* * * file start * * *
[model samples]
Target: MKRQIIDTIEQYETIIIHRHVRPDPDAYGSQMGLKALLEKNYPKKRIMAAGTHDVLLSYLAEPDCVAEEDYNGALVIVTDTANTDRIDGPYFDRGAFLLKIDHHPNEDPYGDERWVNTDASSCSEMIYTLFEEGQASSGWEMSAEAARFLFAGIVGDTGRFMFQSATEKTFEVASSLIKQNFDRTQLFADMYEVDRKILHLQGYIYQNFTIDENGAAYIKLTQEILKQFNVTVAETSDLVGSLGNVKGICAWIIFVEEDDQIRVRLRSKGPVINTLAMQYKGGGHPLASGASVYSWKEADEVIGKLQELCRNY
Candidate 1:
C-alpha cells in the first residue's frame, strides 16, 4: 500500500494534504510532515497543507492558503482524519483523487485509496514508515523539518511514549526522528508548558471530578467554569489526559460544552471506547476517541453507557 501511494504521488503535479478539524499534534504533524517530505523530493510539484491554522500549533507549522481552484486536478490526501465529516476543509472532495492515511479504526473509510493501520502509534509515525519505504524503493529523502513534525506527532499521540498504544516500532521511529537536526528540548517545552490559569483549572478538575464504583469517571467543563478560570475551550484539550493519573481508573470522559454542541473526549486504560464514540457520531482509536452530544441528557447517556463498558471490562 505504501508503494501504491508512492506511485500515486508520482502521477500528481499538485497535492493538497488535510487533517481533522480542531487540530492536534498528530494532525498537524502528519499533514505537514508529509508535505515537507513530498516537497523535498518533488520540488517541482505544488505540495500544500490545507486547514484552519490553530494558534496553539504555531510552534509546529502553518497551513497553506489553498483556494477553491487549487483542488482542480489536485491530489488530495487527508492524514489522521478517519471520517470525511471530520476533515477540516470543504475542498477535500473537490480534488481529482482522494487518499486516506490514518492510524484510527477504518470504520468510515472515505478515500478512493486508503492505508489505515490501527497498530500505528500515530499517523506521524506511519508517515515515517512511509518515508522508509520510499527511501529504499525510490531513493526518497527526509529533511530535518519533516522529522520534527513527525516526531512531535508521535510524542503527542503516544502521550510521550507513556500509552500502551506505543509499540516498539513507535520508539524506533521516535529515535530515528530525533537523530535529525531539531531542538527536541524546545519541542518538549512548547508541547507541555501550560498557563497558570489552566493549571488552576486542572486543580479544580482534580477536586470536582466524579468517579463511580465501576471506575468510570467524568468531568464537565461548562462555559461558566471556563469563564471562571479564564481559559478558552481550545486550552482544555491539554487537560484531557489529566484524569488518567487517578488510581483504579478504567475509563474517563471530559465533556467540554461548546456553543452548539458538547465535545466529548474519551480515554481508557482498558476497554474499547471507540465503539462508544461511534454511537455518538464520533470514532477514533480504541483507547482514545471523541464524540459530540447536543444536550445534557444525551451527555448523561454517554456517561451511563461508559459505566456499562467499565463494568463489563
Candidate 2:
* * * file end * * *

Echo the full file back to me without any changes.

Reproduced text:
[model samples]
Target: MKRQIIDTIEQYETIIIHRHVRPDPDAYGSQMGLKALLEKNYPKKRIMAAGTHDVLLSYLAEPDCVAEEDYNGALVIVTDTANTDRIDGPYFDRGAFLLKIDHHPNEDPYGDERWVNTDASSCSEMIYTLFEEGQASSGWEMSAEAARFLFAGIVGDTGRFMFQSATEKTFEVASSLIKQNFDRTQLFADMYEVDRKILHLQGYIYQNFTIDENGAAYIKLTQEILKQFNVTVAETSDLVGSLGNVKGICAWIIFVEEDDQIRVRLRSKGPVINTLAMQYKGGGHPLASGASVYSWKEADEVIGKLQELCRNY
Candidate 1:
C-alpha cells in the first residue's frame, strides 16, 4: 500500500494534504510532515497543507492558503482524519483523487485509496514508515523539518511514549526522528508548558471530578467554569489526559460544552471506547476517541453507557 501511494504521488503535479478539524499534534504533524517530505523530493510539484491554522500549533507549522481552484486536478490526501465529516476543509472532495492515511479504526473509510493501520502509534509515525519505504524503493529523502513534525506527532499521540498504544516500532521511529537536526528540548517545552490559569483549572478538575464504583469517571467543563478560570475551550484539550493519573481508573470522559454542541473526549486504560464514540457520531482509536452530544441528557447517556463498558471490562 505504501508503494501504491508512492506511485500515486508520482502521477500528481499538485497535492493538497488535510487533517481533522480542531487540530492536534498528530494532525498537524502528519499533514505537514508529509508535505515537507513530498516537497523535498518533488520540488517541482505544488505540495500544500490545507486547514484552519490553530494558534496553539504555531510552534509546529502553518497551513497553506489553498483556494477553491487549487483542488482542480489536485491530489488530495487527508492524514489522521478517519471520517470525511471530520476533515477540516470543504475542498477535500473537490480534488481529482482522494487518499486516506490514518492510524484510527477504518470504520468510515472515505478515500478512493486508503492505508489505515490501527497498530500505528500515530499517523506521524506511519508517515515515517512511509518515508522508509520510499527511501529504499525510490531513493526518497527526509529533511530535518519533516522529522520534527513527525516526531512531535508521535510524542503527542503516544502521550510521550507513556500509552500502551506505543509499540516498539513507535520508539524506533521516535529515535530515528530525533537523530535529525531539531531542538527536541524546545519541542518538549512548547508541547507541555501550560498557563497558570489552566493549571488552576486542572486543580479544580482534580477536586470536582466524579468517579463511580465501576471506575468510570467524568468531568464537565461548562462555559461558566471556563469563564471562571479564564481559559478558552481550545486550552482544555491539554487537560484531557489529566484524569488518567487517578488510581483504579478504567475509563474517563471530559465533556467540554461548546456553543452548539458538547465535545466529548474519551480515554481508557482498558476497554474499547471507540465503539462508544461511534454511537455518538464520533470514532477514533480504541483507547482514545471523541464524540459530540447536543444536550445534557444525551451527555448523561454517554456517561451511563461508559459505566456499562467499565463494568463489563
Candidate 2: